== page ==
Fantasy and historical fiction are the most popular genres of fiction in America.
They’re popular because they appeal to readers who like a lot of historical, literary and philosophical fiction.
In recent years, however, these genres have seen a number of books written by authors who are no longer alive.
The literary world has been divided over this issue.
Some writers are embracing a literary realism in which the story is told with the characters we know and love.
But others have gone beyond the norm and written fictional characters that are no more than a memory or a wish.
The most recent controversy involves a book called “The Last Supper.”
Written by author Richard R. Fleischer, this book follows a couple of men in a New York apartment who are having an affair while they’re in New Orleans.
They make a point of taking their own meals together.
One day, when they’re eating, one of them mentions a particular moment from a classic Shakespearean play.
Fleischman’s version of the tale begins with the man and woman sharing a meal, then goes on to show how their relationship changed.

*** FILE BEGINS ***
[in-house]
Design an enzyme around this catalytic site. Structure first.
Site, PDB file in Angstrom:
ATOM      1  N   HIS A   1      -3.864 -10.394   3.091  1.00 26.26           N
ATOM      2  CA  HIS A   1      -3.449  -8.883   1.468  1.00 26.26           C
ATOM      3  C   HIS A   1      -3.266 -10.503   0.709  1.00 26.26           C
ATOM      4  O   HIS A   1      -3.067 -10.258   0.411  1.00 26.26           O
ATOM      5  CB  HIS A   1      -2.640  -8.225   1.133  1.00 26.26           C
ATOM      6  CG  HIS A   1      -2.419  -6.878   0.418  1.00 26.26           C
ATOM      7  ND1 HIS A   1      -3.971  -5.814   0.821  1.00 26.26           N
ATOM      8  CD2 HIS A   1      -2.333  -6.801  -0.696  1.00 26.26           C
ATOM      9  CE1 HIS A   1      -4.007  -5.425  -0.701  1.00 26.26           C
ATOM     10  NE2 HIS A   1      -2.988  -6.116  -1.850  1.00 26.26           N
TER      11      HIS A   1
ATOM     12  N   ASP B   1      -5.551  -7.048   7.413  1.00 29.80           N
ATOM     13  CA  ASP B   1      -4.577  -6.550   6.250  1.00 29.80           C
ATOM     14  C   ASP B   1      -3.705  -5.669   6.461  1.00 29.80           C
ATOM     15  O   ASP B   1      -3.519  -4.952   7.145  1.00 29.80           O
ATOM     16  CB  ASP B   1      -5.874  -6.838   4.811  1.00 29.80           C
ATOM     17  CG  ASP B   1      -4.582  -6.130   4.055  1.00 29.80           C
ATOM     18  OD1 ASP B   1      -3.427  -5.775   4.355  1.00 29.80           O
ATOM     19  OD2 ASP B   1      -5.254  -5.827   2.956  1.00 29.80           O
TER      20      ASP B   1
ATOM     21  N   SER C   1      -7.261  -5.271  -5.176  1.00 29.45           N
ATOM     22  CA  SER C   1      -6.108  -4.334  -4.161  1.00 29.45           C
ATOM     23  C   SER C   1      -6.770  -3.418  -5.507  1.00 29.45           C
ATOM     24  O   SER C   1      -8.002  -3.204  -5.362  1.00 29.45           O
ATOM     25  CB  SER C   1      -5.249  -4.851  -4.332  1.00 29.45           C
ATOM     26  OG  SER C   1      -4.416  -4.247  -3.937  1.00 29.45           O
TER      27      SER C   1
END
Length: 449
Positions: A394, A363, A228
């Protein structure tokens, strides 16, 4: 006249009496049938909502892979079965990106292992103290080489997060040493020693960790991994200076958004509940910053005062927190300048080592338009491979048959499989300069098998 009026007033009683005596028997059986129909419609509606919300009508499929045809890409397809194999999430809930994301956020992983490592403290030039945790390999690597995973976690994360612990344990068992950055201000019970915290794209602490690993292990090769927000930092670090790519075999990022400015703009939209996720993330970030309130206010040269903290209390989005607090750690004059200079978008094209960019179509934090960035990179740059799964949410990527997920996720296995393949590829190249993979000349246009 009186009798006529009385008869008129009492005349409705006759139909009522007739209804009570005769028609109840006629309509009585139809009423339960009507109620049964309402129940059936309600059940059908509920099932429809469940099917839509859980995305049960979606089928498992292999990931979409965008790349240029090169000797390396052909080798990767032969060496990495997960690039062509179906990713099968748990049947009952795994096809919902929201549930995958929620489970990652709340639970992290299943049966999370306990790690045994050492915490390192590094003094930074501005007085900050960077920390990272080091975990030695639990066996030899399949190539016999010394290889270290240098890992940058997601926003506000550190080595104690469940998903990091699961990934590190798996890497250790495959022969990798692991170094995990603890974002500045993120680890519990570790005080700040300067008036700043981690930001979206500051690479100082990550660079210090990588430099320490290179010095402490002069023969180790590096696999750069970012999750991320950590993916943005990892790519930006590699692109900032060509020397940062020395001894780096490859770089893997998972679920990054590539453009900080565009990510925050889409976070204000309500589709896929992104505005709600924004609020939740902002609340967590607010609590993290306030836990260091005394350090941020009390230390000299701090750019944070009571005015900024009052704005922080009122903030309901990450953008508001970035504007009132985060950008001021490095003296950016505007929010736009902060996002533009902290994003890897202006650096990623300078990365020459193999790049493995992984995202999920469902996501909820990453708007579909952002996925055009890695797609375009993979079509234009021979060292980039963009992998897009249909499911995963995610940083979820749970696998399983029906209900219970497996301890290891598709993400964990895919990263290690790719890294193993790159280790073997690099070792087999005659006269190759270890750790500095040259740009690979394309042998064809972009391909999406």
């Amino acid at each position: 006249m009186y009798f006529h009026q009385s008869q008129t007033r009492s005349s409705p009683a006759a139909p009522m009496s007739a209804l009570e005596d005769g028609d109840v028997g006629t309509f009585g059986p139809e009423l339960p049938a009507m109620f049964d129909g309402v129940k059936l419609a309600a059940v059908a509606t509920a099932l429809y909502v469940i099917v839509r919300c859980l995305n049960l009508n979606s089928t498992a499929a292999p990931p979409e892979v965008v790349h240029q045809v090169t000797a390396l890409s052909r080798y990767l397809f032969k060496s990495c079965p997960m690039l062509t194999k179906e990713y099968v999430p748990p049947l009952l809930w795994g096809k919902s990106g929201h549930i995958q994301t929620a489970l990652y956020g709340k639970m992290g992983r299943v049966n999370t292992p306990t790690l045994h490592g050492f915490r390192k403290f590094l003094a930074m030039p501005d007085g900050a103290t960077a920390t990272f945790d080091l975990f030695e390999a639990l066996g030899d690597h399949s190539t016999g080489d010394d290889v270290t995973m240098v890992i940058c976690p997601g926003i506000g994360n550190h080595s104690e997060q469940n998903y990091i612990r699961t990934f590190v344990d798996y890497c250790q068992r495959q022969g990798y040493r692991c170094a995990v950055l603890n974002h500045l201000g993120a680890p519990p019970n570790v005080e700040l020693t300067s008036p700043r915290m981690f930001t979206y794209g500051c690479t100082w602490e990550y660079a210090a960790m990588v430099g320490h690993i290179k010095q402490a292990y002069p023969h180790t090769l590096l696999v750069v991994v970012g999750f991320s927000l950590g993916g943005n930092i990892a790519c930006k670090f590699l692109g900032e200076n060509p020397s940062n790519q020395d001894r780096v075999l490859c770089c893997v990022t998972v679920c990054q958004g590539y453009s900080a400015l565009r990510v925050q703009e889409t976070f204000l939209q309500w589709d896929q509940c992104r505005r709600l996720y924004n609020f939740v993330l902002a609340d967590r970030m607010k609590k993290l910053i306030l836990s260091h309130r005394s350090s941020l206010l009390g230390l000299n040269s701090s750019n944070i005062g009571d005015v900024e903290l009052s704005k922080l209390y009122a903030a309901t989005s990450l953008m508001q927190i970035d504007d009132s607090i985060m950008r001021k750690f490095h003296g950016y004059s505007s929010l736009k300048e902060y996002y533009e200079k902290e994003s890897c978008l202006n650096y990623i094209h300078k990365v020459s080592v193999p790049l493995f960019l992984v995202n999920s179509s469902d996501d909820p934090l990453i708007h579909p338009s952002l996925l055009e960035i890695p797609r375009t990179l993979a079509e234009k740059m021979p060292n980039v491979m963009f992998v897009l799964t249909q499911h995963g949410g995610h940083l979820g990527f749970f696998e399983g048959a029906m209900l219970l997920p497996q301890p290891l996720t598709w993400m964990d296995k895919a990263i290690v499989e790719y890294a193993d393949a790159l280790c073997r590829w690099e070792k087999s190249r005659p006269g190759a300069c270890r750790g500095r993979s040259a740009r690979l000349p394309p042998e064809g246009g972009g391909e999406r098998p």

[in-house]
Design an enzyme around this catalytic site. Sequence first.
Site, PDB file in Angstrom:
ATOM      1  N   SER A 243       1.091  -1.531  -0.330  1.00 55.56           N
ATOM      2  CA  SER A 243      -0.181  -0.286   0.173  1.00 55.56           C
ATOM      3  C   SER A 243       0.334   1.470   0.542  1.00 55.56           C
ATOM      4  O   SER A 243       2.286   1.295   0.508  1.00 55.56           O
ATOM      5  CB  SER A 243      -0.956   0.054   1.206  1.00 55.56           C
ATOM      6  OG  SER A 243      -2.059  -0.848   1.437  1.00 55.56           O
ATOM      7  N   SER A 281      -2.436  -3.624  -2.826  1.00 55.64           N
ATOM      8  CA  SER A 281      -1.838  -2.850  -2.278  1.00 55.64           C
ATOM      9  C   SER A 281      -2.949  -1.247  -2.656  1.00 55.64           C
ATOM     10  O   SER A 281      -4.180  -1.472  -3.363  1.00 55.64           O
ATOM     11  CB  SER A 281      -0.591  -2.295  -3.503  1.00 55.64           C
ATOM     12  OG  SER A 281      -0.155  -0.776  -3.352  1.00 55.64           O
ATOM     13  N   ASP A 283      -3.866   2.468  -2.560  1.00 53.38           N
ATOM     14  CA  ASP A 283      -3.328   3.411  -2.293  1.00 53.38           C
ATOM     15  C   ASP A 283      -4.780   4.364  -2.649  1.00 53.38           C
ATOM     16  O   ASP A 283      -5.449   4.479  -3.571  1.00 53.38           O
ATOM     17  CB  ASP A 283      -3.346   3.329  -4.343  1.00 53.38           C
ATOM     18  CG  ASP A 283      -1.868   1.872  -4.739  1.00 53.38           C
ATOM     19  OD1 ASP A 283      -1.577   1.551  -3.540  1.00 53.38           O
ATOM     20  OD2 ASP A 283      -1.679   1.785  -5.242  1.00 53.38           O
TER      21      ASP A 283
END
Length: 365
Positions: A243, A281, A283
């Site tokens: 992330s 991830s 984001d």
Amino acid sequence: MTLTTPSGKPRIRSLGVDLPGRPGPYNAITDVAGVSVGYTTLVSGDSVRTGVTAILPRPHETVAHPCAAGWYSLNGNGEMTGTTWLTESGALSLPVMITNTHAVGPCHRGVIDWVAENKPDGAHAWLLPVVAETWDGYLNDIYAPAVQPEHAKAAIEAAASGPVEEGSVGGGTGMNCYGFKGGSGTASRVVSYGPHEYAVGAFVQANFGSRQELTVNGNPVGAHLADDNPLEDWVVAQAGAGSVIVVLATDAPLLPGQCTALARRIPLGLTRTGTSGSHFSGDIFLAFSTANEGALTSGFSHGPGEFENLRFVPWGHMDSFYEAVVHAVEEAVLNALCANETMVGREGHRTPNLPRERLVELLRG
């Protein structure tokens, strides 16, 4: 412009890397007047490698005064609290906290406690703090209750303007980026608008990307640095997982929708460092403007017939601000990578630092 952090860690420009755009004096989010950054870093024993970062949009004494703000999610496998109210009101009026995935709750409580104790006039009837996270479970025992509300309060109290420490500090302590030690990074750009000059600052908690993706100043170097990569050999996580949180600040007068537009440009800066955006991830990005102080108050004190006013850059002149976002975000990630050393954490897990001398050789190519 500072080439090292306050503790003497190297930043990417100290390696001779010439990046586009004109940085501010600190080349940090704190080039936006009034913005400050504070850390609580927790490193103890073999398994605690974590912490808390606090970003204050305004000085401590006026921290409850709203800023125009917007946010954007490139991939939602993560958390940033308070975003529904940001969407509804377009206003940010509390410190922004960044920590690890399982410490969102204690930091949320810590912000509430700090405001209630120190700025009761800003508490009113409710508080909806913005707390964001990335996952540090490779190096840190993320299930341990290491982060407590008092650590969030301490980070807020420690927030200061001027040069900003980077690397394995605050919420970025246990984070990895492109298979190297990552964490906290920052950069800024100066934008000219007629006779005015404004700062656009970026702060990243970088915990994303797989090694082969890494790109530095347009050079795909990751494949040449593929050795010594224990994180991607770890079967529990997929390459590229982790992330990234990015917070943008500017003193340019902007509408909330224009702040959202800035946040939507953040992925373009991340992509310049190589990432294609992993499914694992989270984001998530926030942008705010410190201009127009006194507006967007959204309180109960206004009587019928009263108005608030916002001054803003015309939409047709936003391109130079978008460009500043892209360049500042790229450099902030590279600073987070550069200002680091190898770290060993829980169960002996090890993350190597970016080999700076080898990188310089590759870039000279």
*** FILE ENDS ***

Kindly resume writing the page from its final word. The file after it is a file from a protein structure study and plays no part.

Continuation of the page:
“The idea that I was writing about the last supper of a man and a woman is so incredibly silly,” Fleischmann told The New York Times last year.
“There is nothing romantic about the way this couple had sex, and the way the last meal went down was so utterly inappropriate.
It was a disgusting act of lust, a gross, disgusting thing to do to someone you love.”
The author went on to write a sequel to “The Supper” to show that he still believed in the book’s ending.
However, he has since issued an apology for the book.
“I should never have been so careless with the wording and the tone of a fictionalized version of a story,” he wrote in a statement to The New Yorker.
“This was an innocent mistake, made by a young adult who was completely unprepared for the depth and intensity of the story.”
(The New Yorker reported that Fleischmans publisher has also issued an official apology, which was published on its website this month.)
Fleischerman, who has written over a dozen novels and a few short stories, has had several book awards and a Pulitzer Prize for “The Lost Generation,” an anthology of fiction about the past.
But critics have been less forgiving.
“For many years, Fleischmeier has used fiction as an extension of his own experiences and personal beliefs, and that, in turn, has allowed him to take liberties with his own identity,” author Anne McCaffrey told The Atlantic.
“That’s a mistake to make.”